Clean Lake Tip: Good Chemistry – Cleaning Up with Non-Toxic Cleaners
Every space gets dirty. Whether at home, at work, or somewhere in between, most of us use cleaning products on a regular basis to tidy up. While commercial products may get things squeaky clean, they can also do more harm than good. Many contain ingredients that can be acutely toxic; carcinogenic or mutagenic; irritating to skin, eyes or lungs; non-biodegradable; poisonous to aquatic organisms; or water and air polluting. Some common components of store bought cleaners to watch out for include ammonium, formaldehyde, glycol ethers, sodium borate, sodium laureth sulfates along with artificial colors, dyes and fragrances. In contrast, most do-it-yourself (DIY) cleaning recipes typically contain just a few natural, readily available ingredients. Additionally, many can be whipped up in a home kitchen in under five minutes for a fraction of what it costs to purchase most store-bought versions and are equal to or superior in performance. –Better yet, they don’t send harmful residuals down the drain!
Non-toxic cleaners are safer for humans, pets, and waterbodies. There is a DIY recipe for nearly every cleaning need: general purpose, clothes, toilets, showers, sinks, carpets, floors, glass, and beyond. You can start out very simply using vinegar and baking soda for most household jobs. The acid-base reaction between vinegar and baking soda is why they make such a great cleaning combo. Pour them down a drain to unclog it; scour a dirty oven with a baking soda paste and spritz on a little vinegar to cut the grease. If you’d like to expand your repertoire with more home-made cleaning concoctions, stock up on:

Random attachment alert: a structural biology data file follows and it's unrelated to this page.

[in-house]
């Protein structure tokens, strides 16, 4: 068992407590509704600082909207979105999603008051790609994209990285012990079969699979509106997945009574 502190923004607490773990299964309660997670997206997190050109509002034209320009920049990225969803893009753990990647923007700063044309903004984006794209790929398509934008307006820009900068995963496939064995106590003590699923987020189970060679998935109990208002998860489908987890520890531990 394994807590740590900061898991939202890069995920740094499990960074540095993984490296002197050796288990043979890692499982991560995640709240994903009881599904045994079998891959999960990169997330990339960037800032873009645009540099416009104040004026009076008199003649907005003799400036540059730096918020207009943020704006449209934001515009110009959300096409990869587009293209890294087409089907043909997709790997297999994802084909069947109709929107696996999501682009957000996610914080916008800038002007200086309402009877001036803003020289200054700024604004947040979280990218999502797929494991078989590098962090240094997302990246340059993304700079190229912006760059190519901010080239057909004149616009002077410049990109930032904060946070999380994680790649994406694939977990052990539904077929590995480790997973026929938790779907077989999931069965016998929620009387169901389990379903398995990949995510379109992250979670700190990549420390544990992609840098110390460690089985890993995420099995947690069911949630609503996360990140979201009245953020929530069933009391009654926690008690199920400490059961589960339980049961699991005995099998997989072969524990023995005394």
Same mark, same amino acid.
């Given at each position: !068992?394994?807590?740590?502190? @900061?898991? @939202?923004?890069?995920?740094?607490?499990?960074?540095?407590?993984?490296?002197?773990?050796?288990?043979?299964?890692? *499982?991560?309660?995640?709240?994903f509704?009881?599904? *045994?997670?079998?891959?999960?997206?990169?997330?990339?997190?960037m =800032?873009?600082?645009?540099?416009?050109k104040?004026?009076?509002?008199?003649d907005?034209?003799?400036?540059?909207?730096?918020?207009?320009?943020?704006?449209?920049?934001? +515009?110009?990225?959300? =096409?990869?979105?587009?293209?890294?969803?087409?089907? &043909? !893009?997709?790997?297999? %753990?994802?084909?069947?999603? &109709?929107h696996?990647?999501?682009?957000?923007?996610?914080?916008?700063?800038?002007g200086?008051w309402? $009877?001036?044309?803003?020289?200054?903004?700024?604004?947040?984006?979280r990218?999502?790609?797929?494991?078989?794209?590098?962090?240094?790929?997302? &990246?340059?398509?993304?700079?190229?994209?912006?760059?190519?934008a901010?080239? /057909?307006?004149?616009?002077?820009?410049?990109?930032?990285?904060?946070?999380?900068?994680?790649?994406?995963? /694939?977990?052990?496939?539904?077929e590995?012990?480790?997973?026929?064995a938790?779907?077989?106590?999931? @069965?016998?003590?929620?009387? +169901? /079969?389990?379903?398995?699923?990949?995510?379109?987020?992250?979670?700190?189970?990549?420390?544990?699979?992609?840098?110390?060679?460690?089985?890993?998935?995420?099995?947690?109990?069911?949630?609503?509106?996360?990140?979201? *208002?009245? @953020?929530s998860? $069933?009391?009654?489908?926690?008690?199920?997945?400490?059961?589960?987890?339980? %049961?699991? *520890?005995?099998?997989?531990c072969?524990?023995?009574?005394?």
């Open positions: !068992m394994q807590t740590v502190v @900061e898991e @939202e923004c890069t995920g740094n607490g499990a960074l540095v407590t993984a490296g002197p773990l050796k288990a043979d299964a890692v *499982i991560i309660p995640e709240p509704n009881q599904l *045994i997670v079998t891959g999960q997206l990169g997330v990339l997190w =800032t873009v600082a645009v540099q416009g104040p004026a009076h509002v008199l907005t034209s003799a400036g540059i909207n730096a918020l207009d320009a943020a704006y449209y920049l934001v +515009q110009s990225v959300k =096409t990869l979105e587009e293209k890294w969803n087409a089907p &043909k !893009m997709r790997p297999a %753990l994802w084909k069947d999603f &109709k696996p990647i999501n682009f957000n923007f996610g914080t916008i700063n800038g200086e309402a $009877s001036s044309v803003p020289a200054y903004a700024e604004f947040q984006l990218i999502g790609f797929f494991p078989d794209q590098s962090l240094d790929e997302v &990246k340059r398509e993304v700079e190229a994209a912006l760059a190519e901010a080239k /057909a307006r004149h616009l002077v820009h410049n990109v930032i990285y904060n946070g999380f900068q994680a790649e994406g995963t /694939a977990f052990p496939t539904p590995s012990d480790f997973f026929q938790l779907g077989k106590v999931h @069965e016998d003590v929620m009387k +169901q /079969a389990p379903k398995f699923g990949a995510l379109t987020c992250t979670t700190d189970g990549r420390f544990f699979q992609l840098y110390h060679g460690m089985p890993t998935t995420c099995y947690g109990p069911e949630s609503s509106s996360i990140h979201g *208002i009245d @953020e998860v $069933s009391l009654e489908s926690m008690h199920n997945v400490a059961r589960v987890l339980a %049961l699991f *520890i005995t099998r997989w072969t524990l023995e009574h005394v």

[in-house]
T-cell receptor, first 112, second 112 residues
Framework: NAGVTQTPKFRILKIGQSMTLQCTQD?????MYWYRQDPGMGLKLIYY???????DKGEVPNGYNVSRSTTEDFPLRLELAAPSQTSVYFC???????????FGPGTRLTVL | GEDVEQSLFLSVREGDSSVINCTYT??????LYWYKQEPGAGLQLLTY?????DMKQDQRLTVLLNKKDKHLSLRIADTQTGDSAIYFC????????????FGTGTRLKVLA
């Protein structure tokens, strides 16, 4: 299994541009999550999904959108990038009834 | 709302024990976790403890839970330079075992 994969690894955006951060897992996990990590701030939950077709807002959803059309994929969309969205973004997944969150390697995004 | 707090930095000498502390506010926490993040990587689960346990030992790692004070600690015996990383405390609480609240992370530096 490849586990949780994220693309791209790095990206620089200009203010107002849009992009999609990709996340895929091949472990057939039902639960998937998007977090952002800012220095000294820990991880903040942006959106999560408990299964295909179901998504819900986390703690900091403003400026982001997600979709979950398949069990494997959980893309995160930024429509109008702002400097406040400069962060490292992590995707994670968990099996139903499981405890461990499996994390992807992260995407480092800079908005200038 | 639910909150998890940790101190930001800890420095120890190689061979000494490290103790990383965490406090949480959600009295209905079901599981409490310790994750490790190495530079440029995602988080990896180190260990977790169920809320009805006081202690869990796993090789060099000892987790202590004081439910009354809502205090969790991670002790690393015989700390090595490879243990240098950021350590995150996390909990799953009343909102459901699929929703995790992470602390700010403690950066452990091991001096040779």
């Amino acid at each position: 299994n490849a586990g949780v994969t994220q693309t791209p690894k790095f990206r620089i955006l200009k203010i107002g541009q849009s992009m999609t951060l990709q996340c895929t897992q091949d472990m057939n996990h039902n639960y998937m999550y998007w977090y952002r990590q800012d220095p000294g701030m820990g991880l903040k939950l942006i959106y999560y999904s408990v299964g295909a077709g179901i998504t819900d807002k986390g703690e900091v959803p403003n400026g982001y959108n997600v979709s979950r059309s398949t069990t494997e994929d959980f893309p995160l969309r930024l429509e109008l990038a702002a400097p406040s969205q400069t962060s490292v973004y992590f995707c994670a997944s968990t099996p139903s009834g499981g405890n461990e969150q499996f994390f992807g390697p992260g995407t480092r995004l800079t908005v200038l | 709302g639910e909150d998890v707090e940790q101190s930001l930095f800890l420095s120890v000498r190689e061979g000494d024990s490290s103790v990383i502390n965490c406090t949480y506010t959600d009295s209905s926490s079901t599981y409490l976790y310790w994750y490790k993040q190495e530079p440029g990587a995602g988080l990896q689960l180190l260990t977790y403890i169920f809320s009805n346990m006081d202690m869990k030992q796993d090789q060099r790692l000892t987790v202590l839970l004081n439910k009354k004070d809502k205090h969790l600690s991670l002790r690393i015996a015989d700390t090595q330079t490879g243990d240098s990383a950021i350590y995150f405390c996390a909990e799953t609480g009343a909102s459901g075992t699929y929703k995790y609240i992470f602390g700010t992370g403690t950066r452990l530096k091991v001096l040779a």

- Baking soda
- Essential oils
- Hydrogen peroxide
- Liquid castile soap
- Rubbing alcohol
- White vinegar (buy a gallon jug to save even more money)
Below is a recipe for a sweet-scented cleaner that some LCC staff use to keep surface areas clean.
Do-It-Yourself All-Purpose Cleaner Recipe
-2 cups water
-1 ¼ cups vinegar
-Rind of one lemon
-10 drops of essential oil
- Combine the above ingredients in a glass jar. (Add a sprig or two of fresh rosemary and/or lavender for a stronger natural scent.)
- Lid the mix and store in a cool, dark location.
- Strain the solid materials out of the mixture after one to two weeks and decant in a 26 oz. spray bottle for use.
Click here for more recipes and cleaning tips from the Chittenden Solid Waste District website.
The Lake Champlain Committee has a longstanding record of working to keep toxics out of our waterways. Read more about some of our past work here.